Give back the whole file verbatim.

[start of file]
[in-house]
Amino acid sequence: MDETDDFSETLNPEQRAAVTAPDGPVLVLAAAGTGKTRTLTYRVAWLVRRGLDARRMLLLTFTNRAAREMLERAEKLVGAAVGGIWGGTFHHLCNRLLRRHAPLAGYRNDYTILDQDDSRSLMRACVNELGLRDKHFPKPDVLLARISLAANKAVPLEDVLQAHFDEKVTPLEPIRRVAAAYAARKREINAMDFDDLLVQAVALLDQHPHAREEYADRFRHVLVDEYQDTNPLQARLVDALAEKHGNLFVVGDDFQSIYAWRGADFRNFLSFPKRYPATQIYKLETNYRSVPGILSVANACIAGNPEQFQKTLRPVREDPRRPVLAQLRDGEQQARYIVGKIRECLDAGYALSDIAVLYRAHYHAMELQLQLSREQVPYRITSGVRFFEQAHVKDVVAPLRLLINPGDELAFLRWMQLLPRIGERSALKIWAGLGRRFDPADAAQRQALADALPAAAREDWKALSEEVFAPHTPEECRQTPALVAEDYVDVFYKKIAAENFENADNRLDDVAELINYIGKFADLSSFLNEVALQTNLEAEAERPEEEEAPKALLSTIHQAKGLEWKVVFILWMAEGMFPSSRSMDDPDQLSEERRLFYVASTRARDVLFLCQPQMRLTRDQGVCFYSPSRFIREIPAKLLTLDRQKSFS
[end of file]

[in-house]
Amino acid sequence: MDETDDFSETLNPEQRAAVTAPDGPVLVLAAAGTGKTRTLTYRVAWLVRRGLDARRMLLLTFTNRAAREMLERAEKLVGAAVGGIWGGTFHHLCNRLLRRHAPLAGYRNDYTILDQDDSRSLMRACVNELGLRDKHFPKPDVLLARISLAANKAVPLEDVLQAHFDEKVTPLEPIRRVAAAYAARKREINAMDFDDLLVQAVALLDQHPHAREEYADRFRHVLVDEYQDTNPLQARLVDALAEKHGNLFVVGDDFQSIYAWRGADFRNFLSFPKRYPATQIYKLETNYRSVPGILSVANACIAGNPEQFQKTLRPVREDPRRPVLAQLRDGEQQARYIVGKIRECLDAGYALSDIAVLYRAHYHAMELQLQLSREQVPYRITSGVRFFEQAHVKDVVAPLRLLINPGDELAFLRWMQLLPRIGERSALKIWAGLGRRFDPADAAQRQALADALPAAAREDWKALSEEVFAPHTPEECRQTPALVAEDYVDVFYKKIAAENFENADNRLDDVAELINYIGKFADLSSFLNEVALQTNLEAEAERPEEEEAPKALLSTIHQAKGLEWKVVFILWMAEGMFPSSRSMDDPDQLSEERRLFYVASTRARDVLFLCQPQMRLTRDQGVCFYSPSRFIREIPAKLLTLDRQKSFS